Ret. Gen.: Massacre Could Force US From Afghanistan in Weeks

Karzai Demands to Confine Troops to Base Could Mean Pullout

Speaking to CNN on Sunday, Retired Major General James A. Marks, the senior intelligence officer during the 2003 US invasion of Iraq, said that the fallout from last weekend’s massacre could force a withdrawal from Afghanistan in a matter of weeks.

“It’s not inconceivable that that could happen,” Marks said, noting that Afghan President Hamid Karzai’s demand for occupation troops to remain confined to base could dramatically change the mission.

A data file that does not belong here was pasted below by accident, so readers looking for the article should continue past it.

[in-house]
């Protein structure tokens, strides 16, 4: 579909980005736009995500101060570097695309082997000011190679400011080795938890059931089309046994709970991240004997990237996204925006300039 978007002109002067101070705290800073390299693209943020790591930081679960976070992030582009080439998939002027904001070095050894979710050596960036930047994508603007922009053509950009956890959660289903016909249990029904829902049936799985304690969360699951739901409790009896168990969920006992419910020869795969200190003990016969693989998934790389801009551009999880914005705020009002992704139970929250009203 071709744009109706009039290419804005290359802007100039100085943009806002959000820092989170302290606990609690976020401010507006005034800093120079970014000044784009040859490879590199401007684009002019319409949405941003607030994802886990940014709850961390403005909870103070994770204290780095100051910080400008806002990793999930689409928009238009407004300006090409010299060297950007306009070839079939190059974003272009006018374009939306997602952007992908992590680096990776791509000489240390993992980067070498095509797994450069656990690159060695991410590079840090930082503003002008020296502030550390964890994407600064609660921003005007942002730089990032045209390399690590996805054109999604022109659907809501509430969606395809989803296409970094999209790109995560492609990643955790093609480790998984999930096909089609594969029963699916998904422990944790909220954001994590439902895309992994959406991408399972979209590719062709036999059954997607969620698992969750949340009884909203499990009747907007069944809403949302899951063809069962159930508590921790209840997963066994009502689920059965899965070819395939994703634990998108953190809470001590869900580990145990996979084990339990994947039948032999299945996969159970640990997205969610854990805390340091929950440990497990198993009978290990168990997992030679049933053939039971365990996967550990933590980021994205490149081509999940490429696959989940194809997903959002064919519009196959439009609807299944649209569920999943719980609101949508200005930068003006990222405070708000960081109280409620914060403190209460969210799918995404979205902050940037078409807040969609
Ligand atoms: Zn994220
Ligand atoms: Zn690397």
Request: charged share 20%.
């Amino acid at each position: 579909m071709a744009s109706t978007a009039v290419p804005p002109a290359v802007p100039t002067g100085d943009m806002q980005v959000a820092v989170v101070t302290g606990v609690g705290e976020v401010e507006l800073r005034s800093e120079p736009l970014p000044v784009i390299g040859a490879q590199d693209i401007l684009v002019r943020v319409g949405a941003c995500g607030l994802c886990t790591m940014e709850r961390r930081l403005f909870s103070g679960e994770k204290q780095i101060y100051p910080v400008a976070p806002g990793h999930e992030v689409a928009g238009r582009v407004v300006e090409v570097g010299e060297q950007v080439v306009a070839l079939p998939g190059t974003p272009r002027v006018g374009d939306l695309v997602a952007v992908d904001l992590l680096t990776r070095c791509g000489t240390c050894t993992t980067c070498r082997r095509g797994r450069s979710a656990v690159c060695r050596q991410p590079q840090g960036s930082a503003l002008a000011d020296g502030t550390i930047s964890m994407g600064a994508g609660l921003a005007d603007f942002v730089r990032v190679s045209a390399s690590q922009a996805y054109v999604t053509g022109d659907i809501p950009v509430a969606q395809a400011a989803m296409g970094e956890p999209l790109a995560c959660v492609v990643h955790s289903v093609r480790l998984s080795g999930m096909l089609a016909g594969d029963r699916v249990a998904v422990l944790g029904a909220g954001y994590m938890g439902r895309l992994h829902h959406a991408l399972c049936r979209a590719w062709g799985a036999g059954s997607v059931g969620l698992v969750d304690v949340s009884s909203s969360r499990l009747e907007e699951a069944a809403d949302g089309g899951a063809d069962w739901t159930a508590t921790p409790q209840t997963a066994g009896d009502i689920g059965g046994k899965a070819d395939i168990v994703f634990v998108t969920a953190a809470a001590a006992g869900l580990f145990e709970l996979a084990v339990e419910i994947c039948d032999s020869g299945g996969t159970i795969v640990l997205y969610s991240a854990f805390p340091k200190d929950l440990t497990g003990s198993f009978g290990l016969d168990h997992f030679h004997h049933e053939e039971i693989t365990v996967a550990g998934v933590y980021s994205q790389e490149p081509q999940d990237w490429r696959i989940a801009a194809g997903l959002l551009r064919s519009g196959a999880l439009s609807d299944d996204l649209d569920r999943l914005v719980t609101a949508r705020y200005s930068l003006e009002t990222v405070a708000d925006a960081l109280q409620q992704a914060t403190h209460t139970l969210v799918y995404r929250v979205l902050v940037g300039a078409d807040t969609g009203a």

Karzai demanded NATO confine its troops on Thursday, during a meeting with Defense Secretary Leon Panetta. Panetta has been among the officials who insist that there will be no policy changes because of the massacre.

But they may not have a choice in the matter, as reports emerge that the Afghan parliament unanimously passed a resolution to abandon the current agreed upon terms of engagement for US troops (the Afghan War’s equivalent of a Status of Forces Agreement (SOFA)), and is just waiting for Karzai to sign it. The resolution was passed because the US claimed the massacre suspect, Staff Sgt. Robert Bales, was immune from Afghan prosecution for the killings.

Author: Jason Ditz

Jason Ditz is Senior Editor for He has 20 years of experience in foreign policy research and his work has appeared in The American Conservative, Responsible Statecraft, Forbes, Toronto Star, Minneapolis Star-Tribune, Providence Journal, Washington Times, and the Detroit Free Press.